As the 10th annual National Preparedness Month comes to a close, those of us at Preparis (including our Yeti) reflect on the lessons learned during such an important month. NPM began in 2004 sponsored by FEMA with the goal of encouraging people and businesses throughout the country to better prepare themselves in the event of a disaster. Commercial real estate professionals are not exempt from preparation.
If I were to tell you that there is a giant, ferocious Yeti lurking around your property, you would probably call me crazy – but it is true. The Preparis Yeti represents the ubiquitous and unanticipated threats that are posed to your building. Chances are that you are familiar with these threats:
Property managers have many responsibilities and the safety of their tenants makes it pretty high on their list. Threats come in all shapes and sizes and the approaches used once before may no longer be the best. Property managers must be educated and prepared for all emergencies which is why we are going back to the basics. Are YOU prepared?
September is National Preparedness Month, and you and your organization can play along with Preparis in the 30 Days 30 Ways challenge. This game was developed by Clark Regional Emergency Services Agency (CRESA) with more than 50 emergency management agencies participating as a way for people to share information about emergency preparedness.
The Occupational Safety & Health Administration (OSHA) mandates certain industries must have specific items in their first aid kit. But for most offices, a first aid kit won’t be enough in the event of a fire, tornado, or other threat. Do you know the location of the emergency equipment in your office? These items should be placed in an area where the whole team can access it immediately in the event of a crisis.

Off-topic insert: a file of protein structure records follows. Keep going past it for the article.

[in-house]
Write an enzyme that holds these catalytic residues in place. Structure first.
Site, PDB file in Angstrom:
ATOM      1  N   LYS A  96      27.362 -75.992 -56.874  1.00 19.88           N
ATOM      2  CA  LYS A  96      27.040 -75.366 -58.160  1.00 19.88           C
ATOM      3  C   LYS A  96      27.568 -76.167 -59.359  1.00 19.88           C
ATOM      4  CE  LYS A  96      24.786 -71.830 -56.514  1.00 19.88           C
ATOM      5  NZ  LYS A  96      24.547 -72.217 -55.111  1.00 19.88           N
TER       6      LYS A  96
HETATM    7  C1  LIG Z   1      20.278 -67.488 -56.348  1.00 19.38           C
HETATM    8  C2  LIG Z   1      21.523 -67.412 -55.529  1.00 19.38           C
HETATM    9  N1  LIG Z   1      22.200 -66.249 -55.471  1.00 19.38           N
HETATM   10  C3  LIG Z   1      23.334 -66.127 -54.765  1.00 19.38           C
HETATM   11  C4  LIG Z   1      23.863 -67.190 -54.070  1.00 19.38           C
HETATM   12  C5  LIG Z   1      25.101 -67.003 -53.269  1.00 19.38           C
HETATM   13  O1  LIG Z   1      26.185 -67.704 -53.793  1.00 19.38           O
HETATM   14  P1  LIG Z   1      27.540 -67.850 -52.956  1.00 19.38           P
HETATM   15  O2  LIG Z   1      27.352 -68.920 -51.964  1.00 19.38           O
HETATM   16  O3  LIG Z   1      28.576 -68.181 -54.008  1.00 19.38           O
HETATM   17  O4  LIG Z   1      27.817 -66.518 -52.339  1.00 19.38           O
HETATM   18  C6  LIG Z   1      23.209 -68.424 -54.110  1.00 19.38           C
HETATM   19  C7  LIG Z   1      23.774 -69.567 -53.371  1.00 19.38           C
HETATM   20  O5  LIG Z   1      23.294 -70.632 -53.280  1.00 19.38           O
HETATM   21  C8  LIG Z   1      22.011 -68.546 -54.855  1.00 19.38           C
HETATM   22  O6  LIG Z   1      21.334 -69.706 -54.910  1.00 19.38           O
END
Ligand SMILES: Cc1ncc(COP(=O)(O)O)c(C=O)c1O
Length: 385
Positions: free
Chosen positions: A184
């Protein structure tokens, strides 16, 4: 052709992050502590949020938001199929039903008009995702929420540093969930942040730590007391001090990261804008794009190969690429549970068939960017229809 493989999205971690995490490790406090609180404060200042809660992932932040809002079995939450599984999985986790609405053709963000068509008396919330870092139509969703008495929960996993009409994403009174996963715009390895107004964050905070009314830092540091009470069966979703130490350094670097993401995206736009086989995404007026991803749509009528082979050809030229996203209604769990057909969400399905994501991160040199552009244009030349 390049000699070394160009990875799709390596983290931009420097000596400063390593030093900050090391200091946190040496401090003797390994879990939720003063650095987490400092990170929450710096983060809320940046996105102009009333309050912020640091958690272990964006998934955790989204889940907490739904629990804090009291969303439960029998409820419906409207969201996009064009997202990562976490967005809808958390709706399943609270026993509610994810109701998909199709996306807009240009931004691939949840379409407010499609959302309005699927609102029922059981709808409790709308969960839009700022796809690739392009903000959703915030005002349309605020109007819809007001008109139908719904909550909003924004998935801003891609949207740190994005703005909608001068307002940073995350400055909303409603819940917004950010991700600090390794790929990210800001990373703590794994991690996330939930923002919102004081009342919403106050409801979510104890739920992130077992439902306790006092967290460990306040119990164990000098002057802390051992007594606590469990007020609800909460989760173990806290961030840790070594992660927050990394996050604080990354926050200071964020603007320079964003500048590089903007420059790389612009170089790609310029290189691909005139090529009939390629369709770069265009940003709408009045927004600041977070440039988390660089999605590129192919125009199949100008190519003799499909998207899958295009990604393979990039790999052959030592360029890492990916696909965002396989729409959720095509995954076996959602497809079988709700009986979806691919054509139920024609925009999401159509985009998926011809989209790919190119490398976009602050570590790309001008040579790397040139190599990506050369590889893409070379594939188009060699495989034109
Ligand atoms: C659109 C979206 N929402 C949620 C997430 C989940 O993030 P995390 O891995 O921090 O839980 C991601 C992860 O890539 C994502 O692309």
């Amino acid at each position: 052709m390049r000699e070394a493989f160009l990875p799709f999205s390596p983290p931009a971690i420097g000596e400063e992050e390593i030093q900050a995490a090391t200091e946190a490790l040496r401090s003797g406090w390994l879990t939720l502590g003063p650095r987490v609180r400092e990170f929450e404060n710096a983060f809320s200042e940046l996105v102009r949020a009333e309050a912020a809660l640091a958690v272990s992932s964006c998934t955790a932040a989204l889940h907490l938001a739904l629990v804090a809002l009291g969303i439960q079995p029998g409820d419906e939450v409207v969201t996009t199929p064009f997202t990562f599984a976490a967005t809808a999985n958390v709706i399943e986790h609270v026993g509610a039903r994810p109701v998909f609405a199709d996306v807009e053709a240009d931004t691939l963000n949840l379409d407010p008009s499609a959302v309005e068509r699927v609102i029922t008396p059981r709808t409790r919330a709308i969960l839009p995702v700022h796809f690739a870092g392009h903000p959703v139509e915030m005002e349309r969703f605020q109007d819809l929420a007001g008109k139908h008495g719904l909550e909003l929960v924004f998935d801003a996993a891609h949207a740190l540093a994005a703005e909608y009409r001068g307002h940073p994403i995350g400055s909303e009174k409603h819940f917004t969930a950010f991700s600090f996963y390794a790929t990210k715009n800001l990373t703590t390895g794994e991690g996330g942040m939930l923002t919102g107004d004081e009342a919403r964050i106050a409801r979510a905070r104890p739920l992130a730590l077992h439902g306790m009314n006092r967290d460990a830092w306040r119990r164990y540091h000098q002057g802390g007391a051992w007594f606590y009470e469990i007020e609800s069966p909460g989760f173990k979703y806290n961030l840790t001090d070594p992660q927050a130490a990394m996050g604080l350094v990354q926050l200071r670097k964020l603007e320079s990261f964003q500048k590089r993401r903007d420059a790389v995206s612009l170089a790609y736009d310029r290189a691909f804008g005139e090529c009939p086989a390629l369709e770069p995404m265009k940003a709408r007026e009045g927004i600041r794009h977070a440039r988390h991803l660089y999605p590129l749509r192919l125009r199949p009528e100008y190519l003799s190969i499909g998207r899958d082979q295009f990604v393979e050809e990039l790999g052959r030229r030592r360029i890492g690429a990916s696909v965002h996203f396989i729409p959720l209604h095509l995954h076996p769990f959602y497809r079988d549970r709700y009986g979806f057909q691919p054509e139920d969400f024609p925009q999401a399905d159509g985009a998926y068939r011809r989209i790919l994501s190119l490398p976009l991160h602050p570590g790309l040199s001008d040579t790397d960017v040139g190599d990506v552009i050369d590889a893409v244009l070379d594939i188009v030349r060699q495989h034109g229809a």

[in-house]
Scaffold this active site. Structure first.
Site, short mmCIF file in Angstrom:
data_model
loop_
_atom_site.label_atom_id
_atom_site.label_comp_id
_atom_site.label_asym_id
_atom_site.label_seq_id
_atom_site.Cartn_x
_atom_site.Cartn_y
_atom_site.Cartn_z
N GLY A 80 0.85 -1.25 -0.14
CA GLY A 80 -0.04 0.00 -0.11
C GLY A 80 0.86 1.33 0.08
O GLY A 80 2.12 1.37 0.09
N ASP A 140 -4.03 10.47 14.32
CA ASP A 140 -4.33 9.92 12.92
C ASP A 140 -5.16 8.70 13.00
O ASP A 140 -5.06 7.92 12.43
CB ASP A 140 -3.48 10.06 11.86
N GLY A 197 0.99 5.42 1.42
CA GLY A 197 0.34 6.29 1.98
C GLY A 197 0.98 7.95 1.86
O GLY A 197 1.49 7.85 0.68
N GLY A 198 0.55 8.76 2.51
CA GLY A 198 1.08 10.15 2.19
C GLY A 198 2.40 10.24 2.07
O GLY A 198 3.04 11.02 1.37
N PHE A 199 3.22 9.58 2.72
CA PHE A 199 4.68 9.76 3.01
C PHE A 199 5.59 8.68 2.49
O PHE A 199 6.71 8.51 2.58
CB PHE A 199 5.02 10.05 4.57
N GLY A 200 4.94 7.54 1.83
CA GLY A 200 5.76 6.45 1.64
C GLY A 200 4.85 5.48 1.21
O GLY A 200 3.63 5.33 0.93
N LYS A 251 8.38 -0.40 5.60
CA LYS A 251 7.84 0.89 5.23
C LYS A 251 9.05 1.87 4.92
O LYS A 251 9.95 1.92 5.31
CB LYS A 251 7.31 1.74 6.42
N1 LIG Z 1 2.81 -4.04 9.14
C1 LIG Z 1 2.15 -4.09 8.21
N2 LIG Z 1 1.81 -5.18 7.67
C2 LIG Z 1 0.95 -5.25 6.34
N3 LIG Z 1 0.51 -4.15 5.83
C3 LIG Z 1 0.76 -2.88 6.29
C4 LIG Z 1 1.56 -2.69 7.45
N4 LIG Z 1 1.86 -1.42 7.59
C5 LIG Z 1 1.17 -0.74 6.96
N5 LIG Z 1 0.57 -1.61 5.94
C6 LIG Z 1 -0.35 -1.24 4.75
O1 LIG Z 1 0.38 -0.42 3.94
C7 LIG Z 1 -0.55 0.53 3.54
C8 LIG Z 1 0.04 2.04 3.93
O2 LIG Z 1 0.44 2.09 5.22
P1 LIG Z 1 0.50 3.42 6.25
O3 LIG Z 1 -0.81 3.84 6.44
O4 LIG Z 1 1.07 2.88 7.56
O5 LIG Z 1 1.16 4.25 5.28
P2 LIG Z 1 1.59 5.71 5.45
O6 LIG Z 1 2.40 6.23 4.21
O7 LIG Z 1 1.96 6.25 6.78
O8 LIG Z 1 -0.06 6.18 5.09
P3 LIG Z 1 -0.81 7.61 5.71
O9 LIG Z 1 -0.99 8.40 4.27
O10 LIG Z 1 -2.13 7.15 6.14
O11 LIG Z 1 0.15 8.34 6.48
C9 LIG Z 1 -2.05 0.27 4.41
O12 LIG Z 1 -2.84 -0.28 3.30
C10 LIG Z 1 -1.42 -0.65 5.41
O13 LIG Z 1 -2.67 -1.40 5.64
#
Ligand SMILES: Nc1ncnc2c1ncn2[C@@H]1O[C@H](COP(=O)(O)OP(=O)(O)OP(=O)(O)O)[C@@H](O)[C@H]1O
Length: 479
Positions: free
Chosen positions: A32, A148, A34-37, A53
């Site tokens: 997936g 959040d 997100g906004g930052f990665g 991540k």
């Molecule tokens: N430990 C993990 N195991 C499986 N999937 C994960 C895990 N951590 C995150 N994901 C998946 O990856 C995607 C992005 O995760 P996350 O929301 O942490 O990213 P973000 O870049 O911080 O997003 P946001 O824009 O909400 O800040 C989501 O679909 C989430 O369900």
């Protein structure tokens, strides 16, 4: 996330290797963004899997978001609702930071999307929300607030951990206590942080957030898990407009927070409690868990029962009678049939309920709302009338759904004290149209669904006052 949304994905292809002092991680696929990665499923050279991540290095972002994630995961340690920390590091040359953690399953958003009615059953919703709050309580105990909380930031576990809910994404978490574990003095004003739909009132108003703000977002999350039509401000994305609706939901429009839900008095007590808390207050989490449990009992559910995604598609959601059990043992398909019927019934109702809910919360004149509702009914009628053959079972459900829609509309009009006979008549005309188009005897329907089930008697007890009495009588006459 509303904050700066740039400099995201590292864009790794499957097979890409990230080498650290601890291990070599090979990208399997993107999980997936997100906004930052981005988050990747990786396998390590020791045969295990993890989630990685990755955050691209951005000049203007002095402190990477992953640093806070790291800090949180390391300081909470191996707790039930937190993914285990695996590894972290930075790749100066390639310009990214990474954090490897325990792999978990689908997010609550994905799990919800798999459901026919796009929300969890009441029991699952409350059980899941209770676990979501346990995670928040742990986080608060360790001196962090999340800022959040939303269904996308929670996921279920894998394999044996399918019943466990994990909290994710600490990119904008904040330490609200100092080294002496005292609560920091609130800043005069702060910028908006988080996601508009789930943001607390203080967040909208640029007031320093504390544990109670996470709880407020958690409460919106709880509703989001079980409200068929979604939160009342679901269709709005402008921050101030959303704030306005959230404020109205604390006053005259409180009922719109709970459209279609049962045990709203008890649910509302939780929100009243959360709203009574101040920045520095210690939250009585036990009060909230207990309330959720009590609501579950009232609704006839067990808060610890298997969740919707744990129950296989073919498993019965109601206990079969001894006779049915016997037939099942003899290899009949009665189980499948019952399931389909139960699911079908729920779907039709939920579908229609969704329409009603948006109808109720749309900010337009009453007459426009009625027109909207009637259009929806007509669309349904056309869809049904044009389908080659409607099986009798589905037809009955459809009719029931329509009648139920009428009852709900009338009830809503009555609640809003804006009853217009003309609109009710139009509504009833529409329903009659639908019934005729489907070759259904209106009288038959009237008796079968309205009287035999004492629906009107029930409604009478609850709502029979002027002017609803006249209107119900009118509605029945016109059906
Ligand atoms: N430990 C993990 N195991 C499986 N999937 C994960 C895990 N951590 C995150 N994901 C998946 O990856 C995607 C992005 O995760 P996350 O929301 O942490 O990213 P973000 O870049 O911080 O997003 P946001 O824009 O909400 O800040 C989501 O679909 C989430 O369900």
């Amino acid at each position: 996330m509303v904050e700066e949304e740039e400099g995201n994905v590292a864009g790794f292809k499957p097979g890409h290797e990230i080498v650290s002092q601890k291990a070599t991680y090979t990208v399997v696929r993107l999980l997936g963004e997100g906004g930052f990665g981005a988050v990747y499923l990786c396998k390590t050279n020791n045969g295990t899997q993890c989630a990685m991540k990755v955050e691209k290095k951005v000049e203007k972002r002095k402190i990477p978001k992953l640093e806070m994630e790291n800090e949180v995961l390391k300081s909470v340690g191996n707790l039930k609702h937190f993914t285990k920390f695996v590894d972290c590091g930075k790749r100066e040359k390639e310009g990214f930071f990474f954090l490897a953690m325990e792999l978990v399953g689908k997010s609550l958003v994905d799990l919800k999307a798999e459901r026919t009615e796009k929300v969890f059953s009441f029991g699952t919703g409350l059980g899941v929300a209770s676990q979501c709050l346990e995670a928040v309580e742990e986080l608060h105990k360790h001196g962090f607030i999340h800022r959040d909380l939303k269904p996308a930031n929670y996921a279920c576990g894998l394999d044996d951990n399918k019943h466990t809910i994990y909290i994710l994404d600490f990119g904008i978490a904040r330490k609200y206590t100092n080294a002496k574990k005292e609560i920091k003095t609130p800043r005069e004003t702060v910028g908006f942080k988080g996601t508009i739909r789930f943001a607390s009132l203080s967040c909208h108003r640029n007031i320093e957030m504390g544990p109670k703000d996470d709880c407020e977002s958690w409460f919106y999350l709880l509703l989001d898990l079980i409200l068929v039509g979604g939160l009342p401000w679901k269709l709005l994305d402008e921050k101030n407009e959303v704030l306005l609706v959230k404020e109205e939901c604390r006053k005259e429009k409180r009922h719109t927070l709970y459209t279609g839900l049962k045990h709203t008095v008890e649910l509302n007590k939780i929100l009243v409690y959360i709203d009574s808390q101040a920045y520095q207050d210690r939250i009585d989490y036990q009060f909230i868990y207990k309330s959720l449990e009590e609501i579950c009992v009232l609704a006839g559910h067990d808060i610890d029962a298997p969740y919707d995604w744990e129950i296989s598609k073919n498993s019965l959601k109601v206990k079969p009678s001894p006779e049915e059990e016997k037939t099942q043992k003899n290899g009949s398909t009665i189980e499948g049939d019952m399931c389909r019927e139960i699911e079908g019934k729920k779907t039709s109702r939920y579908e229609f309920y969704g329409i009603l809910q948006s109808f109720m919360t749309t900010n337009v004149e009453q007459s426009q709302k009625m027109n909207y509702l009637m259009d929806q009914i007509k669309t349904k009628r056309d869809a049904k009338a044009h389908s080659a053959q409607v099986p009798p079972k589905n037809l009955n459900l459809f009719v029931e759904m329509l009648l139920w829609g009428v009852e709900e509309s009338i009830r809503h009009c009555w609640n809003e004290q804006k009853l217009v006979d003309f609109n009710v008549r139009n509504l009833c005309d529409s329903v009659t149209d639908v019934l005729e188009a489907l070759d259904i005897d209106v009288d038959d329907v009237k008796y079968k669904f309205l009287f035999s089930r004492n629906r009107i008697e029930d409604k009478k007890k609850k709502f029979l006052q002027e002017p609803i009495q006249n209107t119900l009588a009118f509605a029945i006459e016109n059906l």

Emergency preparedness is a process. It’s not just about having a plan to do a fire drill once a quarter, but how to keep the business going during and after a crisis. This fact grows more relevant every day as companies face the challenges of a riskier society. Business continuity is about ensuring your company is prepared for any crisis.
Every year in the United States, more than 400 people die, and 20,000 visit the emergency department from accidental carbon monoxide poisoning. The most unintentional CO poisoning events happen in the month of January. Carbon monoxide is a colorless, odorless, tasteless, and non-irritating gas, making it virtually impossible for a human to recognize, even at its highest levels.
According to a U.N. report, there were more than 370 natural disasters last year, affecting over 200 million people. This sobering statistic highlights the reality that disasters can happen anywhere, to anyone, often with little or no warning. In preparing your home and organization for such crisis events, you should always have an emergency kit ready.
According to a report by the National Fire Protection Association, U.S. fire departments responded to approximately 1,348,500 fires last year. More than 20,000 civilians were killed and about $12.5 billion of property was lost. You may think that you’ve already done your due diligence where fire safety is concerned; but if that begins and ends, like many organizations, with installing smoke alarms and conducting an annual fire drill, there are gaps in your preparedness that you should address.
The Voluntary Private Sector Preparedness Accreditation and Certification Program is moving forward, but no one really knows how soon it will be rolled out. Congress asked the Department of Homeland Security (DHS) to create and implement a voluntary program of accreditation and certification programs for private entities that encourage private sector preparedness including disaster management, emergency management and business continuity programs.